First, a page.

We agree completely with statements 1a through 4a. We donít know of any creationists who donít agree with those statements. The only disagreement is with statements 4b though 5b. Specifically, we believe there are limits. The Kentucky Derby data suggests that there is a limit to how fast horses can run. Statement 4b is false.
Statement 5a depends upon statement 4b to be true. The only way all current species can share a single common ancestor is if there are no limits to how much genes can change. If there is a limit to how much a species can evolve, then all current species cannot share a common ancestor.
Statement 5b is merely a silly gloss intended to support statement 5a. Similarity of species does not necessarily show common ancestry. The similarities could just as well reflect the preferences of a creator.
Geographical distribution of species merely shows that children tend to be born near their mothers. This isnít a particularly profound statement, and in no way proves evolution. In fact, it would be better proof of evolution if species appeared in places where their parents had never been because that would be evidence that they evolved from something else. For example, if kangaroos suddenly appeared in Nebraska, without any kangaroos being introduced to the state, it would mean that they must have evolved from prairie dogs.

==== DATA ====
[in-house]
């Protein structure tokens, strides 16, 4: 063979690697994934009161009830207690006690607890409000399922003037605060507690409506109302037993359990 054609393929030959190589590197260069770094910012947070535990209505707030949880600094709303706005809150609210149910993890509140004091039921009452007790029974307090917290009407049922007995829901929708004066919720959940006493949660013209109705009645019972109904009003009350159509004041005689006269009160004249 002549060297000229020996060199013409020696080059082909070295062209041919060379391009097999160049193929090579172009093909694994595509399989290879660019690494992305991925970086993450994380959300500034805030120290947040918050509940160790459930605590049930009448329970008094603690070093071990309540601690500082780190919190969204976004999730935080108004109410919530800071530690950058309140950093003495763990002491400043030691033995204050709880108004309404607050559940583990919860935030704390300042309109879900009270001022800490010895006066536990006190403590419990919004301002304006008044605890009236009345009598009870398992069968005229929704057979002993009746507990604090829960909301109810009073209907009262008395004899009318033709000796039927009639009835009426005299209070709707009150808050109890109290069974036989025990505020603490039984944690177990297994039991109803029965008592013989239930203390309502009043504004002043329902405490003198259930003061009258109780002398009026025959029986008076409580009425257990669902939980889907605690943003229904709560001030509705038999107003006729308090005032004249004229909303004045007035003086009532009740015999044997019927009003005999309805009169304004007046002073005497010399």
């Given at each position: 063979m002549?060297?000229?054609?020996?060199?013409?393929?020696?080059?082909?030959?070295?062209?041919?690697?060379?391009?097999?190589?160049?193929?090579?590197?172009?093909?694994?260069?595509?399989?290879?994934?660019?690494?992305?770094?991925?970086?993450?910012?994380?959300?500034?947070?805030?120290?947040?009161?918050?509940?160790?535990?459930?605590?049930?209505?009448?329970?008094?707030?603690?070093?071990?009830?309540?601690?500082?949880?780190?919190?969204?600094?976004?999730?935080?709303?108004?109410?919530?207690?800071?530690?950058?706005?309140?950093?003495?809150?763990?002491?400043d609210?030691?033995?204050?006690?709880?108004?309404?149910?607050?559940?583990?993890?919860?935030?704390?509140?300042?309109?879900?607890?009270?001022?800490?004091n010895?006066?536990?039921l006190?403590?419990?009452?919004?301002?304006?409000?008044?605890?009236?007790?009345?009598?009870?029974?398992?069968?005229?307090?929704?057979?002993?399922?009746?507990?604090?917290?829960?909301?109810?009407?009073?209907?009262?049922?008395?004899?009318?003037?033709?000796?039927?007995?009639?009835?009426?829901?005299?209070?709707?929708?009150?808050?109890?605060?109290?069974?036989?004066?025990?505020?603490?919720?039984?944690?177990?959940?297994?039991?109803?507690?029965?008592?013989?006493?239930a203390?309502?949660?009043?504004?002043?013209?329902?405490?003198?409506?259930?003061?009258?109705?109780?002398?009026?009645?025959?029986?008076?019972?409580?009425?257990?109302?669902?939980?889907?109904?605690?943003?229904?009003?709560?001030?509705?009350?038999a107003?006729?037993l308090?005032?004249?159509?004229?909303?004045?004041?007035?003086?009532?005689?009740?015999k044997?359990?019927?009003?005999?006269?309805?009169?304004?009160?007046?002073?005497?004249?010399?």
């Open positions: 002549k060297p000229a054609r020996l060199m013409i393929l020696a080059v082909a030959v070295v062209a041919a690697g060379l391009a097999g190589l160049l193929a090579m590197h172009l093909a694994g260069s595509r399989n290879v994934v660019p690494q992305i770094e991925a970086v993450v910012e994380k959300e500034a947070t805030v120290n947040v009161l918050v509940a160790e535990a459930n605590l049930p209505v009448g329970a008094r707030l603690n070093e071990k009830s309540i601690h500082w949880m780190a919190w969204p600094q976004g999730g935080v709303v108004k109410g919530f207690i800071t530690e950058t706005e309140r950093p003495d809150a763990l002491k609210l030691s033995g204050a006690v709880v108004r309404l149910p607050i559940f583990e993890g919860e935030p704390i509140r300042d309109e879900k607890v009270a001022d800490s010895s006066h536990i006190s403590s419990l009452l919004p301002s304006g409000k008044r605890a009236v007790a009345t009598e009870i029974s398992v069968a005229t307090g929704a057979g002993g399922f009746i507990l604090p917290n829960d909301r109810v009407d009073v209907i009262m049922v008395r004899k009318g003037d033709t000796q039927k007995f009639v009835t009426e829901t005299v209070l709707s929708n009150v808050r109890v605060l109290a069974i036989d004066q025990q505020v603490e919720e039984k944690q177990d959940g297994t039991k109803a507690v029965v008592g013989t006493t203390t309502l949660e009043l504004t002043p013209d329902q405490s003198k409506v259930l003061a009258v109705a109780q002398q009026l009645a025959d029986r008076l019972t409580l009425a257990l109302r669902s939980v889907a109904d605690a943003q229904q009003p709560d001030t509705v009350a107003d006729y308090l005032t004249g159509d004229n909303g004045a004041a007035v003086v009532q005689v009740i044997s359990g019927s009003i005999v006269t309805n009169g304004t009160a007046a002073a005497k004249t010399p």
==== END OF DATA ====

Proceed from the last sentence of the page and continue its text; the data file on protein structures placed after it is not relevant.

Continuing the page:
We are starting to grow weary of pointing out that the fossil evidence shows abrupt appearance of species, with very little change after their appearance. Unfortunately, statement 5b requires us to say it again.
Statement 5 is the issue. Students are being taught that all current species have a common ancestor. They are told this is possible because there is no limit to how much a population can evolve. Thatís why this essay is emphasizing that there are limits to biological change. The Kentucky Derby is just one example.
The Milk Limit